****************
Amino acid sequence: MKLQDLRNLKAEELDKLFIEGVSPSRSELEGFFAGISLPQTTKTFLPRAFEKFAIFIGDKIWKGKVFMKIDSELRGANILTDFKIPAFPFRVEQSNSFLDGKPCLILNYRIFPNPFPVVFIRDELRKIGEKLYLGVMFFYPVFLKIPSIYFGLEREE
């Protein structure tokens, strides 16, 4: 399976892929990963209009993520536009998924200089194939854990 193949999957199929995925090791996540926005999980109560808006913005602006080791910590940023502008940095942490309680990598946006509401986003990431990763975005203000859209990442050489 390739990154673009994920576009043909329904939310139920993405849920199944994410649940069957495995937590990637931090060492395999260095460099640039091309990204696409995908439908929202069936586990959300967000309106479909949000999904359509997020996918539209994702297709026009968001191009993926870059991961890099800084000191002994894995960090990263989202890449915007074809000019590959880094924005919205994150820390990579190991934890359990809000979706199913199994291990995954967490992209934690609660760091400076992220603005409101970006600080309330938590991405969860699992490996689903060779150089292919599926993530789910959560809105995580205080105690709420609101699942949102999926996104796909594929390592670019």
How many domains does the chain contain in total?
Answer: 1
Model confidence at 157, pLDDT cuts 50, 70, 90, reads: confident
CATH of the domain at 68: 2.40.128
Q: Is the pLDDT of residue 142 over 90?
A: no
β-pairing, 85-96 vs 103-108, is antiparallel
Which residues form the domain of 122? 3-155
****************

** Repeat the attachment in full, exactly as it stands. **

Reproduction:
Amino acid sequence: MKLQDLRNLKAEELDKLFIEGVSPSRSELEGFFAGISLPQTTKTFLPRAFEKFAIFIGDKIWKGKVFMKIDSELRGANILTDFKIPAFPFRVEQSNSFLDGKPCLILNYRIFPNPFPVVFIRDELRKIGEKLYLGVMFFYPVFLKIPSIYFGLEREE
């Protein structure tokens, strides 16, 4: 399976892929990963209009993520536009998924200089194939854990 193949999957199929995925090791996540926005999980109560808006913005602006080791910590940023502008940095942490309680990598946006509401986003990431990763975005203000859209990442050489 390739990154673009994920576009043909329904939310139920993405849920199944994410649940069957495995937590990637931090060492395999260095460099640039091309990204696409995908439908929202069936586990959300967000309106479909949000999904359509997020996918539209994702297709026009968001191009993926870059991961890099800084000191002994894995960090990263989202890449915007074809000019590959880094924005919205994150820390990579190991934890359990809000979706199913199994291990995954967490992209934690609660760091400076992220603005409101970006600080309330938590991405969860699992490996689903060779150089292919599926993530789910959560809105995580205080105690709420609101699942949102999926996104796909594929390592670019």
How many domains does the chain contain in total?
Answer: 1
Model confidence at 157, pLDDT cuts 50, 70, 90, reads: confident
CATH of the domain at 68: 2.40.128
Q: Is the pLDDT of residue 142 over 90?
A: no
β-pairing, 85-96 vs 103-108, is antiparallel
Which residues form the domain of 122? 3-155